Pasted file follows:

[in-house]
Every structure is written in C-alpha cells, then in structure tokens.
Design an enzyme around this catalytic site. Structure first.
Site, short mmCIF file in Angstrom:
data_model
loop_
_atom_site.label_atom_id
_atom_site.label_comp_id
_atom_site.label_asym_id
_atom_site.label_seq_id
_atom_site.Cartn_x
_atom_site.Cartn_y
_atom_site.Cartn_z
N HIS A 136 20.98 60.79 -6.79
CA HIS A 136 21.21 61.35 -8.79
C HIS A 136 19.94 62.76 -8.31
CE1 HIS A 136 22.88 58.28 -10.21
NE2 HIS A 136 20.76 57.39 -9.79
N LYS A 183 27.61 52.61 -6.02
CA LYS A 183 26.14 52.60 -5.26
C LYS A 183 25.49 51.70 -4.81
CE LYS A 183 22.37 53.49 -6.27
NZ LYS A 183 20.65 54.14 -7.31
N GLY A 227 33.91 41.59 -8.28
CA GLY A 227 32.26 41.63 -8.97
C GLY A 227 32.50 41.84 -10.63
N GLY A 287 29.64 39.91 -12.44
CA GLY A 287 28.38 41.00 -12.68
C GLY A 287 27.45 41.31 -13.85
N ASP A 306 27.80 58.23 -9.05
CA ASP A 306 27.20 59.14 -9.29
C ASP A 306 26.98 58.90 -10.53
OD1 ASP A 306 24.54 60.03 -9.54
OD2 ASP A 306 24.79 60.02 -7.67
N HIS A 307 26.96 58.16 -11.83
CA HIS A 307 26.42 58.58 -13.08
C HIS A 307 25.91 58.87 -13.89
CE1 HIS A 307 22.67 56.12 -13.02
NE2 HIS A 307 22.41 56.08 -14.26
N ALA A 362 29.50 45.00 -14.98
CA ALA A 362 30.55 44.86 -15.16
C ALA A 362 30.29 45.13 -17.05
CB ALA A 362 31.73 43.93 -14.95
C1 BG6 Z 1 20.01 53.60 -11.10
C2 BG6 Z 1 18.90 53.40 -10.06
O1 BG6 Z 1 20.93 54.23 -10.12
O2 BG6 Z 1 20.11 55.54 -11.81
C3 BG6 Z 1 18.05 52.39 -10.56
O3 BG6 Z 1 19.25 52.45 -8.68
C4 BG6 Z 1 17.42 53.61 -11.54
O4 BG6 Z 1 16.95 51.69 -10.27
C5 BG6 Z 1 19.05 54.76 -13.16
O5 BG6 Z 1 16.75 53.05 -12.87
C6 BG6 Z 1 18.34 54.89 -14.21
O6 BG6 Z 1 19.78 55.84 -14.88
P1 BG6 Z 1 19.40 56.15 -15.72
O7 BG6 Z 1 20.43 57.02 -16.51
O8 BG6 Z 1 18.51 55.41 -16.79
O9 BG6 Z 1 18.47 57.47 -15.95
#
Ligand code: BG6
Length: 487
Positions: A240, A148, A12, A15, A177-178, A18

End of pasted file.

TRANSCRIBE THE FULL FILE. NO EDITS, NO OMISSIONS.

[in-house]
Every structure is written in C-alpha cells, then in structure tokens.
Design an enzyme around this catalytic site. Structure first.
Site, short mmCIF file in Angstrom:
data_model
loop_
_atom_site.label_atom_id
_atom_site.label_comp_id
_atom_site.label_asym_id
_atom_site.label_seq_id
_atom_site.Cartn_x
_atom_site.Cartn_y
_atom_site.Cartn_z
N HIS A 136 20.98 60.79 -6.79
CA HIS A 136 21.21 61.35 -8.79
C HIS A 136 19.94 62.76 -8.31
CE1 HIS A 136 22.88 58.28 -10.21
NE2 HIS A 136 20.76 57.39 -9.79
N LYS A 183 27.61 52.61 -6.02
CA LYS A 183 26.14 52.60 -5.26
C LYS A 183 25.49 51.70 -4.81
CE LYS A 183 22.37 53.49 -6.27
NZ LYS A 183 20.65 54.14 -7.31
N GLY A 227 33.91 41.59 -8.28
CA GLY A 227 32.26 41.63 -8.97
C GLY A 227 32.50 41.84 -10.63
N GLY A 287 29.64 39.91 -12.44
CA GLY A 287 28.38 41.00 -12.68
C GLY A 287 27.45 41.31 -13.85
N ASP A 306 27.80 58.23 -9.05
CA ASP A 306 27.20 59.14 -9.29
C ASP A 306 26.98 58.90 -10.53
OD1 ASP A 306 24.54 60.03 -9.54
OD2 ASP A 306 24.79 60.02 -7.67
N HIS A 307 26.96 58.16 -11.83
CA HIS A 307 26.42 58.58 -13.08
C HIS A 307 25.91 58.87 -13.89
CE1 HIS A 307 22.67 56.12 -13.02
NE2 HIS A 307 22.41 56.08 -14.26
N ALA A 362 29.50 45.00 -14.98
CA ALA A 362 30.55 44.86 -15.16
C ALA A 362 30.29 45.13 -17.05
CB ALA A 362 31.73 43.93 -14.95
C1 BG6 Z 1 20.01 53.60 -11.10
C2 BG6 Z 1 18.90 53.40 -10.06
O1 BG6 Z 1 20.93 54.23 -10.12
O2 BG6 Z 1 20.11 55.54 -11.81
C3 BG6 Z 1 18.05 52.39 -10.56
O3 BG6 Z 1 19.25 52.45 -8.68
C4 BG6 Z 1 17.42 53.61 -11.54
O4 BG6 Z 1 16.95 51.69 -10.27
C5 BG6 Z 1 19.05 54.76 -13.16
O5 BG6 Z 1 16.75 53.05 -12.87
C6 BG6 Z 1 18.34 54.89 -14.21
O6 BG6 Z 1 19.78 55.84 -14.88
P1 BG6 Z 1 19.40 56.15 -15.72
O7 BG6 Z 1 20.43 57.02 -16.51
O8 BG6 Z 1 18.51 55.41 -16.79
O9 BG6 Z 1 18.47 57.47 -15.95
#
Ligand code: BG6
Length: 487
Positions: A240, A148, A12, A15, A177-178, A18